Voices to recordings

Giorno e Notte”, recorder concerts by Antonio Vivaldi

Con­rad Stein­mann, one of the most dis­tin­guished recorder play­ers of our time, took on some of the Italian’s flute con­cer­tos — based on rather the­o­ret­i­cal con­sid­er­a­tions. As the musi­cian writes in the book­let, he was inspired to his idio­syn­crat­ic exam­i­na­tion of some of Vivaldi’s flute works by a trea­tise by the Ital­ian Bar­tolole­mo Bis­man­to­va (1667), in which, among oth­er things, the recorder fam­i­ly is dealt with in detail, a rar­i­ty if one con­sid­ers the gen­er­al­ly fall­en impor­tance of the recorder in ear­ly Baroque. In this ‘Com­pen­dio Musi­cale’ we were talk­ing not only about a ‘flau­to ital­iano’, a three-part flute (in the tra­di­tion­al tun­ing tone g´), but also about a flute tuned on d´ . Based on the assump­tion that Vival­di might have had recorders with dif­fer­ent tun­ings in mind (and at his dis­pos­al), Stein­mann start­ed to record some of Vivaldi’s works on dif­fer­ent instru­ments. On this CD, one can hear won­der­ful­ly how dif­fer­ent the sound results are. The expe­ri­enced flutist is sup­port­ed by two vio­lins, vio­la and con­tin­uo sec­tion (dou­ble bass, lute and harp­si­chord).

Infused with joy

If one lis­tens to the first sec­onds of this record­ing, one could assume that a work by Mauri­cio Kagel has got­ten lost on this CD. Stein­mann and his com­pan­ions take the lib­er­ty of sim­ply impro­vis­ing. Sounds and small play­ing fig­ures are sim­ply tried out. And one is hard­ly sur­prised at this strange begin­ning, then the won­der­ful sound vari­ety of the A minor con­cer­to (RV 108) comes to the fore. Imme­di­ate­ly after the first bars it is clear that this record­ing can hard­ly be sur­passed in trans­paren­cy, joy of play­ing and verve. Stein­mann turns every capri­ole of Vival­di into a real plea­sure, the idiomat­ic way of writ­ing is brought to bear by play­ful wit and sub­tle phras­ing. The dif­fer­en­ti­a­tion is not only evi­dent in small dynam­ic gra­da­tions, but also in micro­scop­ic agog­ic lib­er­ties, which have noth­ing to do with man­ner­ism, but with soul­ful, fiery music-mak­ing. Alle­gri are just as suc­cess­ful as Lar­gi with­out sen­ti­men­tal­i­ty, in which con­tra­pun­tal finesse is savoured in long overbind­ings and short dis­so­lu­tions. In all this, the ‘accom­pa­ni­ment’ plays any­thing but a sub­or­di­nate role. The some­what brit­tle vio­lin sounds, the extra­or­di­nar­i­ly mul­ti-lay­ered lute accom­pa­ni­ment and the in every respect per­fect arrange­ment of the harp­si­chord part do not result with the con­cer­to flute in a sum of indi­vid­ual parts, but in a trans­par­ent, rich­ly formed whole.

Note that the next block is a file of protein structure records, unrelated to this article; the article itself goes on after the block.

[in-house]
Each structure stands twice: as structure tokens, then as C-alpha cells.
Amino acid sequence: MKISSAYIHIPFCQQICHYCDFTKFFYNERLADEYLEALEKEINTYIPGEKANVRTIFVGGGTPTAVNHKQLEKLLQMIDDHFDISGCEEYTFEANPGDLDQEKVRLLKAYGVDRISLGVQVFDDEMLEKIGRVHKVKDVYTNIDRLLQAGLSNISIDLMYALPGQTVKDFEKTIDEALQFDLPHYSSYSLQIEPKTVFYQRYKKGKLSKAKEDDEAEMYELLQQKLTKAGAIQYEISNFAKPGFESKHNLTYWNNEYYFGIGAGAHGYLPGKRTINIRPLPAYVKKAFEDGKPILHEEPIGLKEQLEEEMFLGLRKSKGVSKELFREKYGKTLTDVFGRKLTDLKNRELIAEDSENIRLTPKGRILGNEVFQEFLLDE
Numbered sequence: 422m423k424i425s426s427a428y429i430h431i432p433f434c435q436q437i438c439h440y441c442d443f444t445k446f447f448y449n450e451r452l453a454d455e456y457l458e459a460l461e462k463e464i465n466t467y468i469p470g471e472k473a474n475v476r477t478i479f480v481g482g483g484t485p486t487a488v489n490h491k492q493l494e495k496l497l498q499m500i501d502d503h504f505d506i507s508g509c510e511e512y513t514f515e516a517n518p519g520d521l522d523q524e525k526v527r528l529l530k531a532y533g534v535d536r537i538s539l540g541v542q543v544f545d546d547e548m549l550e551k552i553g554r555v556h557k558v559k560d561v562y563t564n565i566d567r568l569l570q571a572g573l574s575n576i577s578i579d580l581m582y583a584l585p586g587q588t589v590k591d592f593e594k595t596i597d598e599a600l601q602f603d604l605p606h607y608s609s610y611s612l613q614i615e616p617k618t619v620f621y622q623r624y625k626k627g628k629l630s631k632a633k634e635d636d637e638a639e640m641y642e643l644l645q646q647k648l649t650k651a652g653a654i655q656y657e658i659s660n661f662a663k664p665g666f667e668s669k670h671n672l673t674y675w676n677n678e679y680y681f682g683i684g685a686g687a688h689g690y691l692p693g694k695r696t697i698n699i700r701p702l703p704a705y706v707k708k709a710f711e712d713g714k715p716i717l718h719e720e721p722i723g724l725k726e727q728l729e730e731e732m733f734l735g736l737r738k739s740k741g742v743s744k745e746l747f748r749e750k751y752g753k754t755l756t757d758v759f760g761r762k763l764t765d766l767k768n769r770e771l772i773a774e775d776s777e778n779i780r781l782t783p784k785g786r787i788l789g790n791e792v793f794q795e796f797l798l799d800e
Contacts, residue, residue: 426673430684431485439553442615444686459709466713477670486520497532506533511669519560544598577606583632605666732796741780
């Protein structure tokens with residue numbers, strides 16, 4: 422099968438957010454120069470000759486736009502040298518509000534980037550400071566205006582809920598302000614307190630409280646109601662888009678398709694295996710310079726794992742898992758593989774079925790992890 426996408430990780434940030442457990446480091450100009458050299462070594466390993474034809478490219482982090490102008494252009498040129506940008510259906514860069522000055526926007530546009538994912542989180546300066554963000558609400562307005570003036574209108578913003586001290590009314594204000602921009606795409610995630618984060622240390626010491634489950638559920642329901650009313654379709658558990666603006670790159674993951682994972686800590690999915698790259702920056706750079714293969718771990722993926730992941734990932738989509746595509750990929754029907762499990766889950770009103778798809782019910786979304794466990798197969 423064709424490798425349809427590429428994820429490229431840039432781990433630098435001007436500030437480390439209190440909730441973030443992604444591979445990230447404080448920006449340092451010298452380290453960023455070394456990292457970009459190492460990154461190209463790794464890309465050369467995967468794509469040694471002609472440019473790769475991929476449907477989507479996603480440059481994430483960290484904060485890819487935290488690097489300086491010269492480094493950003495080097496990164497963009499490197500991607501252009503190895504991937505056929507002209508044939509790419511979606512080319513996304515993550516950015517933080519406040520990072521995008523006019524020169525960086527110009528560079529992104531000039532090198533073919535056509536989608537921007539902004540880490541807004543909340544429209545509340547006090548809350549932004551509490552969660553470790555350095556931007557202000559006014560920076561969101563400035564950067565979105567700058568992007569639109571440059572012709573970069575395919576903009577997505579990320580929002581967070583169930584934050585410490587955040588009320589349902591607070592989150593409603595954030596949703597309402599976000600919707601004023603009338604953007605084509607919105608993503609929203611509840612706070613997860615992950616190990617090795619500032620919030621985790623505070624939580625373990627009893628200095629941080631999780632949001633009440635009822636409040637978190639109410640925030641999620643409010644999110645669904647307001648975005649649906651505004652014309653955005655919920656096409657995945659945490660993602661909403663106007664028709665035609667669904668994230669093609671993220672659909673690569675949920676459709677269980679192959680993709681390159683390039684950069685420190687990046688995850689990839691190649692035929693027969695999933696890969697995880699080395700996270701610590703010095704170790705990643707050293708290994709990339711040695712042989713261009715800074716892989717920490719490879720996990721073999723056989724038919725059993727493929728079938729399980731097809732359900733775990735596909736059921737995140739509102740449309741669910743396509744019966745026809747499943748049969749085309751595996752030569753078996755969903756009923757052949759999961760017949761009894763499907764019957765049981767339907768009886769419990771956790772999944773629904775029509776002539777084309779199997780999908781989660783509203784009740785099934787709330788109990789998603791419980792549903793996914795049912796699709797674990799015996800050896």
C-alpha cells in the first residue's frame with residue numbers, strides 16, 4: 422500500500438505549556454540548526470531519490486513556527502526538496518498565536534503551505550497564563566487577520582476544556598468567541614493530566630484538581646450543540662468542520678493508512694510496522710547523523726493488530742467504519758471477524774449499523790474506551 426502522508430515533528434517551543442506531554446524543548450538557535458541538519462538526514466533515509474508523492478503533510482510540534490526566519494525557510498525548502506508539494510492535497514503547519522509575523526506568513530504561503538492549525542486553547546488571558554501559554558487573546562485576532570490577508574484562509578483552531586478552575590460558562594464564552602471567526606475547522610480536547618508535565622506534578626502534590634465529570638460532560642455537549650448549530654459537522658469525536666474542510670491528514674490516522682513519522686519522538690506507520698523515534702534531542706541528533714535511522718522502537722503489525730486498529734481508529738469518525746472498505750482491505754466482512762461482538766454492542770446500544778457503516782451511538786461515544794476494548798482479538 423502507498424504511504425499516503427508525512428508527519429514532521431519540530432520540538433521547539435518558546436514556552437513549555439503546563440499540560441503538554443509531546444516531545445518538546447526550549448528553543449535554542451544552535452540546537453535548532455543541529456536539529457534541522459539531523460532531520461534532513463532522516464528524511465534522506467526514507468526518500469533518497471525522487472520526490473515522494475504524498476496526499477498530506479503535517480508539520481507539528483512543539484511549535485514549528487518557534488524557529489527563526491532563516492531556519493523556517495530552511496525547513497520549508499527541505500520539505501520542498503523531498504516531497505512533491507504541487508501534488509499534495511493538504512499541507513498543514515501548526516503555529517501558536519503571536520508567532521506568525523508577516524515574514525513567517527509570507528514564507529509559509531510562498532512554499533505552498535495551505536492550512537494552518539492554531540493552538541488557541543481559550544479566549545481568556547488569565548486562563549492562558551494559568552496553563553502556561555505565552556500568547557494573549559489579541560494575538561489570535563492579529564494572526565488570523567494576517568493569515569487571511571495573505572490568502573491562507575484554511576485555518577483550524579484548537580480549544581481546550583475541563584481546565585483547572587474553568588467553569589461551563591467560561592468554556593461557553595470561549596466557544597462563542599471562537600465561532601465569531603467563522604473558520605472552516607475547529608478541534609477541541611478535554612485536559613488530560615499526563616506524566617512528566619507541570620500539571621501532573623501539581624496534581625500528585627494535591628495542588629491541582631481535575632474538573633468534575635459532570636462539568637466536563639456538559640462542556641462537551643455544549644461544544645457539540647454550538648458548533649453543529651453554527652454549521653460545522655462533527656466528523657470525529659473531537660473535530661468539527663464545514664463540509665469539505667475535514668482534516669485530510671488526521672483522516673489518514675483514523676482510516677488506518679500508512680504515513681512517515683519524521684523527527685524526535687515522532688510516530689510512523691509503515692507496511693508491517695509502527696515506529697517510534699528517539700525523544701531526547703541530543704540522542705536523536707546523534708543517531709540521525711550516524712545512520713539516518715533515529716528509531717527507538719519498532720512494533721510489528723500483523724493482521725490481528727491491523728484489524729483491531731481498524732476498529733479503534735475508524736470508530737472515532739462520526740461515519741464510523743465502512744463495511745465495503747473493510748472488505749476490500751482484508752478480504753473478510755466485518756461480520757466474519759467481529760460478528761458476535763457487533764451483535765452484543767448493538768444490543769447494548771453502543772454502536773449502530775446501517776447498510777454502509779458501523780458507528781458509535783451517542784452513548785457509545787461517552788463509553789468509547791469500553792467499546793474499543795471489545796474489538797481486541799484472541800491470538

This record­ing also meets the high­est demands in terms of sound real­iza­tion. Opti­mal bal­ance between flute and ensem­ble, excel­lent bal­ance with­in the ensem­ble and an incred­i­ble trans­paren­cy of sound make this CD a true event (as well as oth­er record­ings of the Swiss label DIVOX).

Out of the grey area of prej­u­dice

After enjoy­ing this pro­duc­tion, one can once again cite Stravinsky’s dic­tum that Vival­di wrote one and the same con­cert 300 times as proof to the con­trary. Because espe­cial­ly in the lit­tle details worked out here, there is an unusu­al wealth of detail.